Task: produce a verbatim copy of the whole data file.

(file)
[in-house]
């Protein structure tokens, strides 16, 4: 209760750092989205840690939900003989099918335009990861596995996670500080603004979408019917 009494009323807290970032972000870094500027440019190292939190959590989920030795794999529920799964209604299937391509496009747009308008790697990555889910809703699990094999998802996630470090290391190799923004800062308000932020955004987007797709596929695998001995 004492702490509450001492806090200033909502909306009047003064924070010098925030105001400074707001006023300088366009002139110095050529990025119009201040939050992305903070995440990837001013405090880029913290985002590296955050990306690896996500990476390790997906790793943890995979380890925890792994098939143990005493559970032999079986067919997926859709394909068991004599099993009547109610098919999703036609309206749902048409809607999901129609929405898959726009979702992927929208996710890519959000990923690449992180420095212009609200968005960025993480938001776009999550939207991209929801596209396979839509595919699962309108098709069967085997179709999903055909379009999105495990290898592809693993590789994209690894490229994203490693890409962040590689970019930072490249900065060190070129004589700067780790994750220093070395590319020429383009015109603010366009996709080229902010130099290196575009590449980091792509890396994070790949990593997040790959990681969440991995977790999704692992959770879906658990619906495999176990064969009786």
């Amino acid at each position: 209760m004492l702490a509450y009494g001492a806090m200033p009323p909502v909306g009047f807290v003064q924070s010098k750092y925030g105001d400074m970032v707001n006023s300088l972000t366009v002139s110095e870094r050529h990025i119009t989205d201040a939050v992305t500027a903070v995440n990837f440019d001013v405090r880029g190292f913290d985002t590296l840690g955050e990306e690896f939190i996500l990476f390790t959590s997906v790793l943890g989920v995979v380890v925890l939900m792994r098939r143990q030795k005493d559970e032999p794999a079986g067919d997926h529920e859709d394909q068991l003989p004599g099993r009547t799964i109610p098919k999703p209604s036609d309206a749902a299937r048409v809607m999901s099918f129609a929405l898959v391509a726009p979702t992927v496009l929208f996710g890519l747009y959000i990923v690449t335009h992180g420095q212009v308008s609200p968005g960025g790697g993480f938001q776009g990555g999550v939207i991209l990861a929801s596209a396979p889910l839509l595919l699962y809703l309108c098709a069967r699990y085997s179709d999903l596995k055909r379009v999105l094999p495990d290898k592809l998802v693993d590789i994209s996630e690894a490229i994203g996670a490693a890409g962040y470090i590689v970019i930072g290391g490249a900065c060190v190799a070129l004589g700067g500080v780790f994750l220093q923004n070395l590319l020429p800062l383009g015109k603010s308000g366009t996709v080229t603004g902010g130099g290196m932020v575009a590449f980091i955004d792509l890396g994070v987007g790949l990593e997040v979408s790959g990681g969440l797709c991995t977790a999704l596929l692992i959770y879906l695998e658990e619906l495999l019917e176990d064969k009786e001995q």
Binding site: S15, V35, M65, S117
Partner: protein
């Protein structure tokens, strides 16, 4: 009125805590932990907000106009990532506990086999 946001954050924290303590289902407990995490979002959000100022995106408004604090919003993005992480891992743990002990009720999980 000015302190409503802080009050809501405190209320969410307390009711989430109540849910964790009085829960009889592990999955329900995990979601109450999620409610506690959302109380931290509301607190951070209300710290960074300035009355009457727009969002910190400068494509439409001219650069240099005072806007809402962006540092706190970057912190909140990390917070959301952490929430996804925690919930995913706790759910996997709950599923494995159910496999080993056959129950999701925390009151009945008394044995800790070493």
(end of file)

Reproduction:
[in-house]
């Protein structure tokens, strides 16, 4: 209760750092989205840690939900003989099918335009990861596995996670500080603004979408019917 009494009323807290970032972000870094500027440019190292939190959590989920030795794999529920799964209604299937391509496009747009308008790697990555889910809703699990094999998802996630470090290391190799923004800062308000932020955004987007797709596929695998001995 004492702490509450001492806090200033909502909306009047003064924070010098925030105001400074707001006023300088366009002139110095050529990025119009201040939050992305903070995440990837001013405090880029913290985002590296955050990306690896996500990476390790997906790793943890995979380890925890792994098939143990005493559970032999079986067919997926859709394909068991004599099993009547109610098919999703036609309206749902048409809607999901129609929405898959726009979702992927929208996710890519959000990923690449992180420095212009609200968005960025993480938001776009999550939207991209929801596209396979839509595919699962309108098709069967085997179709999903055909379009999105495990290898592809693993590789994209690894490229994203490693890409962040590689970019930072490249900065060190070129004589700067780790994750220093070395590319020429383009015109603010366009996709080229902010130099290196575009590449980091792509890396994070790949990593997040790959990681969440991995977790999704692992959770879906658990619906495999176990064969009786």
């Amino acid at each position: 209760m004492l702490a509450y009494g001492a806090m200033p009323p909502v909306g009047f807290v003064q924070s010098k750092y925030g105001d400074m970032v707001n006023s300088l972000t366009v002139s110095e870094r050529h990025i119009t989205d201040a939050v992305t500027a903070v995440n990837f440019d001013v405090r880029g190292f913290d985002t590296l840690g955050e990306e690896f939190i996500l990476f390790t959590s997906v790793l943890g989920v995979v380890v925890l939900m792994r098939r143990q030795k005493d559970e032999p794999a079986g067919d997926h529920e859709d394909q068991l003989p004599g099993r009547t799964i109610p098919k999703p209604s036609d309206a749902a299937r048409v809607m999901s099918f129609a929405l898959v391509a726009p979702t992927v496009l929208f996710g890519l747009y959000i990923v690449t335009h992180g420095q212009v308008s609200p968005g960025g790697g993480f938001q776009g990555g999550v939207i991209l990861a929801s596209a396979p889910l839509l595919l699962y809703l309108c098709a069967r699990y085997s179709d999903l596995k055909r379009v999105l094999p495990d290898k592809l998802v693993d590789i994209s996630e690894a490229i994203g996670a490693a890409g962040y470090i590689v970019i930072g290391g490249a900065c060190v190799a070129l004589g700067g500080v780790f994750l220093q923004n070395l590319l020429p800062l383009g015109k603010s308000g366009t996709v080229t603004g902010g130099g290196m932020v575009a590449f980091i955004d792509l890396g994070v987007g790949l990593e997040v979408s790959g990681g969440l797709c991995t977790a999704l596929l692992i959770y879906l695998e658990e619906l495999l019917e176990d064969k009786e001995q």
Binding site: S15, V35, M65, S117
Partner: protein
């Protein structure tokens, strides 16, 4: 009125805590932990907000106009990532506990086999 946001954050924290303590289902407990995490979002959000100022995106408004604090919003993005992480891992743990002990009720999980 000015302190409503802080009050809501405190209320969410307390009711989430109540849910964790009085829960009889592990999955329900995990979601109450999620409610506690959302109380931290509301607190951070209300710290960074300035009355009457727009969002910190400068494509439409001219650069240099005072806007809402962006540092706190970057912190909140990390917070959301952490929430996804925690919930995913706790759910996997709950599923494995159910496999080993056959129950999701925390009151009945008394044995800790070493």